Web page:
"The Therapeutic Goods Administration recommends that these medicines should not be used on children under two, and from September they will only be available to children under two on prescription."

Ms Trajanovska said the survey results reinforced the need for continued education of parents about the safe use of over-the-counter medicines.

"Despite the widespread use of over-the-counter medicines for young children, they are not without risks such as side effects or poisoning," she said.

Ms Trajanovska said that in Victoria 0-4 year olds had the highest poisoning admission rates. In emergency departments 16 per cent of these poisonings were due to paracetamol and 11 per cent were caused by cough and cold medicines.

The next stage of Ms Trajanovska's PhD will investigate where parents get their advice on over-the-counter medications.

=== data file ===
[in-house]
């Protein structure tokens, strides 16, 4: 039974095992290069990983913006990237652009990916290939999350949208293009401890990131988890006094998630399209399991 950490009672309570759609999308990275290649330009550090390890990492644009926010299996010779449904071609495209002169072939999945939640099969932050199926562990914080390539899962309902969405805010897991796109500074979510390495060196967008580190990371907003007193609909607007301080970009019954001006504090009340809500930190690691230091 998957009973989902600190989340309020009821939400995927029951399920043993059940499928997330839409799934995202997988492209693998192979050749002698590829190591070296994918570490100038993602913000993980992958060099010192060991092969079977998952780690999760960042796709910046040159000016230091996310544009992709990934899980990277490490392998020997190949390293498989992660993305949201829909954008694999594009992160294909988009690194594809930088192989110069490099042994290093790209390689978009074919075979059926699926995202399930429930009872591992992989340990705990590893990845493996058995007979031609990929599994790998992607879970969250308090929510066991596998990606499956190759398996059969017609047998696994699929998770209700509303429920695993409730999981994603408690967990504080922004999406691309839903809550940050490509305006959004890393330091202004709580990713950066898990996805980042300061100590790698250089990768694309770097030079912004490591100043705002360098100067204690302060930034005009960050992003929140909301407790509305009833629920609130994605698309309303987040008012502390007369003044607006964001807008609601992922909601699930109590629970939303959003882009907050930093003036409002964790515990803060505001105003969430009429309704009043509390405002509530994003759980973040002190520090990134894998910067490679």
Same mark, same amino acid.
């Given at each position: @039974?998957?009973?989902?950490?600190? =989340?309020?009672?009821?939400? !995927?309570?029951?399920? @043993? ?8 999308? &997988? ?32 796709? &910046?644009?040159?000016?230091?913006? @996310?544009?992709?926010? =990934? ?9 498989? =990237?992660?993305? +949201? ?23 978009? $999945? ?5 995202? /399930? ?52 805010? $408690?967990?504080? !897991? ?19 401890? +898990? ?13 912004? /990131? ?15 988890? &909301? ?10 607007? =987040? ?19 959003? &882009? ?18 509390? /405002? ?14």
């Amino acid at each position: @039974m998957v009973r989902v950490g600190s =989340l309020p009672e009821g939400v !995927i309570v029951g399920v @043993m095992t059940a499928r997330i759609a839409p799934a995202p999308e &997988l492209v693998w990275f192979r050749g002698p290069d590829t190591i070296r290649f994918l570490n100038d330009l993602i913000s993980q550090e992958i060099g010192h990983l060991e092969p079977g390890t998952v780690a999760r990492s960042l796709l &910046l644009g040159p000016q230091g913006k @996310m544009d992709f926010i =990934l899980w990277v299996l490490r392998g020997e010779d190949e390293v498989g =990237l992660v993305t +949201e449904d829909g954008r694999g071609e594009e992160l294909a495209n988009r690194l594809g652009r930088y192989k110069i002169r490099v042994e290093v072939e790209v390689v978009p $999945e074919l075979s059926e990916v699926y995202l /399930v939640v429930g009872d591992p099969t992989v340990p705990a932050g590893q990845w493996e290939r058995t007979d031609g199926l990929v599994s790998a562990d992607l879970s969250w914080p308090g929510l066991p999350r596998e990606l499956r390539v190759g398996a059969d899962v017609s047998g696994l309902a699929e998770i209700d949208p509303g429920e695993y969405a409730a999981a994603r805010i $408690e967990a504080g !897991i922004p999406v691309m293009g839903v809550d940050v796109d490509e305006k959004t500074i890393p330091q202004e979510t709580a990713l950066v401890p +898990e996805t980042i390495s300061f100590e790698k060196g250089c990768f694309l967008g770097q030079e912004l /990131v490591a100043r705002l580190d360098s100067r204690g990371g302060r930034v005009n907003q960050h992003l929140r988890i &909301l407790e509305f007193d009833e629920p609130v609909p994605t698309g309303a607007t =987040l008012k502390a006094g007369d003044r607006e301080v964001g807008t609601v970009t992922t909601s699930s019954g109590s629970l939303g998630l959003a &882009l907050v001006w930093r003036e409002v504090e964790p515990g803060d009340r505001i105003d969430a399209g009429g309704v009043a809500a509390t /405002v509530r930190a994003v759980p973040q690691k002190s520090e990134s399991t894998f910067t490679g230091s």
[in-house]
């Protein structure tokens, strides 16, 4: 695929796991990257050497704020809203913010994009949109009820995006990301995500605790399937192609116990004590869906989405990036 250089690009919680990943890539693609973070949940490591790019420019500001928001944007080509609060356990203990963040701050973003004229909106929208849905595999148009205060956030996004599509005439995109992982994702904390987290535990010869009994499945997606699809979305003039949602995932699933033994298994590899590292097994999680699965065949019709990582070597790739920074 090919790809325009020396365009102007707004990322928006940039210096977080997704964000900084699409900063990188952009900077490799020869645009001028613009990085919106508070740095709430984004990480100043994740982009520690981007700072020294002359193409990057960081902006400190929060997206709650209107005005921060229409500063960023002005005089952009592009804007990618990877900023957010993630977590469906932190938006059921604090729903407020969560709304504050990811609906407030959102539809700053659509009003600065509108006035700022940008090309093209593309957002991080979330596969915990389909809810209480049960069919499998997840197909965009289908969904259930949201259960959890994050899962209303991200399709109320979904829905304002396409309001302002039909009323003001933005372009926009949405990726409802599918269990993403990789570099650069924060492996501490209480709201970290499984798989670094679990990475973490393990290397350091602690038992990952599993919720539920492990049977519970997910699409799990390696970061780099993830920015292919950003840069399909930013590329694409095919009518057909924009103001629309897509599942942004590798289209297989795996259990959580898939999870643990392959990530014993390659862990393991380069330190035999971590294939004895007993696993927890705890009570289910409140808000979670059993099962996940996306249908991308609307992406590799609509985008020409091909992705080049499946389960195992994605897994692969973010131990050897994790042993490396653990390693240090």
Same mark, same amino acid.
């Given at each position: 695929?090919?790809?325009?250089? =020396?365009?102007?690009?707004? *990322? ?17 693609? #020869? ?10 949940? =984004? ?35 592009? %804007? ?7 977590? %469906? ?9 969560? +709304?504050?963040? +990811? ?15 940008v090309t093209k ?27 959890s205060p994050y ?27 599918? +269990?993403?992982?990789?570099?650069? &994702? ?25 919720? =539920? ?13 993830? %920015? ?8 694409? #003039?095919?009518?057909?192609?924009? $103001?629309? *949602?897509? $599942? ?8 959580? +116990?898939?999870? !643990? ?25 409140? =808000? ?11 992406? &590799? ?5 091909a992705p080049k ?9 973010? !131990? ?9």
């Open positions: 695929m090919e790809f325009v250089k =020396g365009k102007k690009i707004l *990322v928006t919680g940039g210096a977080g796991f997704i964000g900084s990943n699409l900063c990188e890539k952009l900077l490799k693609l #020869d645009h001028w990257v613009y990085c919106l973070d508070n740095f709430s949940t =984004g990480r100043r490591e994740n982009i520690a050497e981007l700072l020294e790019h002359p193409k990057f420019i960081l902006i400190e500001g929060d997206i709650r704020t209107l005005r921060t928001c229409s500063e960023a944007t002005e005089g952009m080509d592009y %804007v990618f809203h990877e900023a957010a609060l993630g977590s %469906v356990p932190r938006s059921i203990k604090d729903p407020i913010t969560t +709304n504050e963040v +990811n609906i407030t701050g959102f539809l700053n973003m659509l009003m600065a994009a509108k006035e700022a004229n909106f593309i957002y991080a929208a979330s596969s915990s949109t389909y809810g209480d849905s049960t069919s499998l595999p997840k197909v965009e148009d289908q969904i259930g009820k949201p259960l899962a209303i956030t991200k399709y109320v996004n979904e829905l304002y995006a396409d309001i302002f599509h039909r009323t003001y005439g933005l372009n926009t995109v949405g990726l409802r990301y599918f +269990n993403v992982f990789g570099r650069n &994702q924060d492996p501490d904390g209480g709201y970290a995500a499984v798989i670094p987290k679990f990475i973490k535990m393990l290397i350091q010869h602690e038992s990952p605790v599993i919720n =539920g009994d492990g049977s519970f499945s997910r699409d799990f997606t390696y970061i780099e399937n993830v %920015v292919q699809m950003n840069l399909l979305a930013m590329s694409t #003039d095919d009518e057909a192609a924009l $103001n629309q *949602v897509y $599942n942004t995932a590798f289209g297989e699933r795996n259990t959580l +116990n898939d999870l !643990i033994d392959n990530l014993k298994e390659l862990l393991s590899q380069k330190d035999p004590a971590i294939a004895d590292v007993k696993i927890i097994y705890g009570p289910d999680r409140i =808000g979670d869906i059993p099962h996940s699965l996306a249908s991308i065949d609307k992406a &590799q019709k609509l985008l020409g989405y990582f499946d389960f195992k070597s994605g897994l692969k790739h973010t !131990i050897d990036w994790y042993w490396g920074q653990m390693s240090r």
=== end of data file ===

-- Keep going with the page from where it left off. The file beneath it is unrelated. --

Ms Trajanovska's research is supported by an Australian Research Council Industry Linkage grant.


Story Source:

The above story is based on materials provided by University of Melbourne. Note: Materials may be edited for content and length.


Cite This Page:

University of Melbourne. "Parents Use Cough Medicines On Toddlers Under Two Despite The Warnings." ScienceDaily. ScienceDaily, 18 May 2008. <www.sciencedaily.com/releases/2008/05/080515100659.htm>.
University of Melbourne. (2008, May 18). Parents Use Cough Medicines On Toddlers Under Two Despite The Warnings. ScienceDaily. Retrieved December 20, 2014 from www.sciencedaily.com/releases/2008/05/080515100659.htm
University of Melbourne. "Parents Use Cough Medicines On Toddlers Under Two Despite The Warnings." ScienceDaily. www.sciencedaily.com/releases/2008/05/080515100659.htm (accessed December 20, 2014).

Share This


More From ScienceDaily



More Mind & Brain News

Saturday, December 20, 2014

Featured Research

from universities, journals, and other organizations


Featured Videos

from AP, Reuters, AFP, and other news services

Researchers Test Colombian Village With High Alzheimer's Rates

Researchers Test Colombian Village With High Alzheimer's Rates